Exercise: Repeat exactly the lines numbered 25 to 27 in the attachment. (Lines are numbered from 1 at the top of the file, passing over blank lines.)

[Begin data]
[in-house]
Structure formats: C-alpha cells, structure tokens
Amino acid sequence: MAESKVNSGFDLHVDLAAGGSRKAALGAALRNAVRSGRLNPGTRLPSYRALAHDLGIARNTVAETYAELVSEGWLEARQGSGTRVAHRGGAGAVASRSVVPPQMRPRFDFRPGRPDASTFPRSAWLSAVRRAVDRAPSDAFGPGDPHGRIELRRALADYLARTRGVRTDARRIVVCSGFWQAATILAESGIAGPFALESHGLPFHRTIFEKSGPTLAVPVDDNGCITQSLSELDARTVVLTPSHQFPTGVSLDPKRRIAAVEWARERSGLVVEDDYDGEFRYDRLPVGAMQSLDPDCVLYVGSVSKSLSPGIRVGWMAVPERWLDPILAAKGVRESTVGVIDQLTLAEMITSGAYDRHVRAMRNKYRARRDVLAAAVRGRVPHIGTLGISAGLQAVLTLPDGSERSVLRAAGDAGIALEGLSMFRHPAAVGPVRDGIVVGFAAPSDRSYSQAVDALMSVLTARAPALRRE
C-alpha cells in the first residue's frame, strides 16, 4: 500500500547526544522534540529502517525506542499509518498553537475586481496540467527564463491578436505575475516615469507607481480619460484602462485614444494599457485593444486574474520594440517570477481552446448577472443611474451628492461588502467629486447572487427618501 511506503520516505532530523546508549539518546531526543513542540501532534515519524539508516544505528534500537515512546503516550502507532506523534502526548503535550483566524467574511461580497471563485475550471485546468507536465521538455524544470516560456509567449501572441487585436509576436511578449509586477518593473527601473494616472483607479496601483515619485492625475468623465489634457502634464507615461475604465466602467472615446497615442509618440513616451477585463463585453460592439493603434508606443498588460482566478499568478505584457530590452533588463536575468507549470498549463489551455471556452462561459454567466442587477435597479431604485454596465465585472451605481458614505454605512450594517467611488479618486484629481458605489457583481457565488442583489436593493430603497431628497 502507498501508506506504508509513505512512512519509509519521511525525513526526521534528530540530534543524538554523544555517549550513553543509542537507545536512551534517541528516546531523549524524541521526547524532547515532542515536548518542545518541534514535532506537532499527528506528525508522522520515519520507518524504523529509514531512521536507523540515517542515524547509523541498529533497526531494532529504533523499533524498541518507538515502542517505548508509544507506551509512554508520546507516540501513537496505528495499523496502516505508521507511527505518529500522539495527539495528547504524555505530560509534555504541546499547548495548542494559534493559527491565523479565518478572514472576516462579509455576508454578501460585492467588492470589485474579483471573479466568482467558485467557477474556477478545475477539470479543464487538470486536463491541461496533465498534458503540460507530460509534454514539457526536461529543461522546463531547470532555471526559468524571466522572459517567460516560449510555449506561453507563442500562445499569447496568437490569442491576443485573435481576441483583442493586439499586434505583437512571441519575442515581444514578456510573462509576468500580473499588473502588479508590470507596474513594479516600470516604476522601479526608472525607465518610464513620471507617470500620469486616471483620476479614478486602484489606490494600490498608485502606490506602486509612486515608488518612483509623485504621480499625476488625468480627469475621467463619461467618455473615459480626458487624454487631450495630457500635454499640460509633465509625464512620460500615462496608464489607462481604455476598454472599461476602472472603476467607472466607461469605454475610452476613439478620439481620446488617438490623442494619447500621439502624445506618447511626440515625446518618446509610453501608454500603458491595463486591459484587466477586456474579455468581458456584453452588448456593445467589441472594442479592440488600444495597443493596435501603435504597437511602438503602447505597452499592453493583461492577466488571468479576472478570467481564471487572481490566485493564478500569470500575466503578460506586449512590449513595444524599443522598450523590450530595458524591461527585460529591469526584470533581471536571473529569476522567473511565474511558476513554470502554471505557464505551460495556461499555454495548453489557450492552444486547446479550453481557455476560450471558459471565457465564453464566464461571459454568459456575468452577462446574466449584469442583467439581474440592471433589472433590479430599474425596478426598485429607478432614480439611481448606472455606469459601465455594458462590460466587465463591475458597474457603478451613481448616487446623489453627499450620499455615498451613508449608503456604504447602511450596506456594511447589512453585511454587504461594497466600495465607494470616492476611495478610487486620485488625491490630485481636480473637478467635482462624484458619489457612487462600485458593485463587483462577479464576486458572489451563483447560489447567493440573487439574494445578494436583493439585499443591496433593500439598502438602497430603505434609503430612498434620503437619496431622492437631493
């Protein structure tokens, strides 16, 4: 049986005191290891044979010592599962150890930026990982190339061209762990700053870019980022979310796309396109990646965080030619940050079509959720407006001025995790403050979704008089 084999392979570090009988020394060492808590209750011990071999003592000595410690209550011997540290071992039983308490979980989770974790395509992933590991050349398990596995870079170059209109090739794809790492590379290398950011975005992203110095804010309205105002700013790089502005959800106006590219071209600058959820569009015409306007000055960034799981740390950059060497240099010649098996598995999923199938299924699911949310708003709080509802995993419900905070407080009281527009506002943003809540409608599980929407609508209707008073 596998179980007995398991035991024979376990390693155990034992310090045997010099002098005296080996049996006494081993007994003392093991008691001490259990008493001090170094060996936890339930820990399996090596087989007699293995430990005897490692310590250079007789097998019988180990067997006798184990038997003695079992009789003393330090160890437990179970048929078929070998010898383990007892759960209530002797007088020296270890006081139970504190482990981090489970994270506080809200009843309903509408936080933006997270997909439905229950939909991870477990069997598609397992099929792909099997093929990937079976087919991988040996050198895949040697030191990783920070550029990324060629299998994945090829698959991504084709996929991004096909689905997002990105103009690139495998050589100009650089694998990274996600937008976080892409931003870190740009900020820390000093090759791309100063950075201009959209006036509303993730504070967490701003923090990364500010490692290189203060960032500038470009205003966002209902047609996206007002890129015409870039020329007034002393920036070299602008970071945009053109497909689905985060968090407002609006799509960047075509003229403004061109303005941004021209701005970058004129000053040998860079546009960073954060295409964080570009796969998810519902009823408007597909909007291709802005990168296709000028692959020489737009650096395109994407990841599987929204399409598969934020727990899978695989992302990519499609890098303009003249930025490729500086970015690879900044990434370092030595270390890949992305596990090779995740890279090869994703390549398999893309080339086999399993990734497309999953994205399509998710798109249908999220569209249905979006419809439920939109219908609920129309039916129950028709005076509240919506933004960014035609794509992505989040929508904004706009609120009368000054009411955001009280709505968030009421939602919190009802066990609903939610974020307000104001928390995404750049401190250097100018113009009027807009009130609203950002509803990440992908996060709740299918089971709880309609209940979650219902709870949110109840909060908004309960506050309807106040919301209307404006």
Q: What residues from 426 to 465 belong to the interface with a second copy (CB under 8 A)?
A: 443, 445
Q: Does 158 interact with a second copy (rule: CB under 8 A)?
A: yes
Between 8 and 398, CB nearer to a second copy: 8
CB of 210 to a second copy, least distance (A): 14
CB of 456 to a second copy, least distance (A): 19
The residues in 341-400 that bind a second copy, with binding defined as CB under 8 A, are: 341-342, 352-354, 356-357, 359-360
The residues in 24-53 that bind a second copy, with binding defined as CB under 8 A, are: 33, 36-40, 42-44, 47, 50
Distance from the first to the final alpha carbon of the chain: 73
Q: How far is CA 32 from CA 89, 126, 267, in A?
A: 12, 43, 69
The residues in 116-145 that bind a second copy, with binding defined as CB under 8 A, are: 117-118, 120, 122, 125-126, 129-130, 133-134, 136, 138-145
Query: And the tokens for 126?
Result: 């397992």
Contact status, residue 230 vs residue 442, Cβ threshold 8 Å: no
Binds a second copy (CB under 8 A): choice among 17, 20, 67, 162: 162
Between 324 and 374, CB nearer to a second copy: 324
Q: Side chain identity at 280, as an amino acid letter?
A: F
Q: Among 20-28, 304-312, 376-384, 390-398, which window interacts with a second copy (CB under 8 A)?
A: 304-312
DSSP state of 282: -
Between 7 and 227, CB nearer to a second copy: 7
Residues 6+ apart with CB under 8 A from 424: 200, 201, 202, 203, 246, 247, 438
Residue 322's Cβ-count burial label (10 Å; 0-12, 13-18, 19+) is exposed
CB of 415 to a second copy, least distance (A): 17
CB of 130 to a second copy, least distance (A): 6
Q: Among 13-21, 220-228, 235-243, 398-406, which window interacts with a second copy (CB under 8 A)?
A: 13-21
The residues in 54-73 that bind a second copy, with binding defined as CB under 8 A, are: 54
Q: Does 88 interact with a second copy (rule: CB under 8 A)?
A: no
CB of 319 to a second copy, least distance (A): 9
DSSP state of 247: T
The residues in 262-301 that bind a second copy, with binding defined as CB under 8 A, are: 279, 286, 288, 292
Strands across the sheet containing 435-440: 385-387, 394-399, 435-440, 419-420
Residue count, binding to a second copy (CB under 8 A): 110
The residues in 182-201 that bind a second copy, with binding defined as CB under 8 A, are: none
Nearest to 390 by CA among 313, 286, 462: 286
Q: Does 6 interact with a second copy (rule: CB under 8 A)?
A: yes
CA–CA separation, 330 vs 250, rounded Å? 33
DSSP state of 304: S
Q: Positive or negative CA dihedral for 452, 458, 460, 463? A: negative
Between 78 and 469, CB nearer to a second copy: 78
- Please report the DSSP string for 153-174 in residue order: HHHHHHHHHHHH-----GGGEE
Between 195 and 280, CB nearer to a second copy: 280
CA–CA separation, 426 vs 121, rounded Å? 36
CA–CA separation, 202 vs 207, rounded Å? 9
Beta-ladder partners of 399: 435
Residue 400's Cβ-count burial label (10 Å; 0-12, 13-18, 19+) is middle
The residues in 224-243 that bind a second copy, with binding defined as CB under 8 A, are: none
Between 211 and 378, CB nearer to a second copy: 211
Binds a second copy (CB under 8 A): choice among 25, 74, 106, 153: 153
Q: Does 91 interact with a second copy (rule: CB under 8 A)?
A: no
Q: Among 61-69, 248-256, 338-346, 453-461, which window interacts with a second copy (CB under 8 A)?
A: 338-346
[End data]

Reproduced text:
A: F
Q: Among 20-28, 304-312, 376-384, 390-398, which window interacts with a second copy (CB under 8 A)?
A: 304-312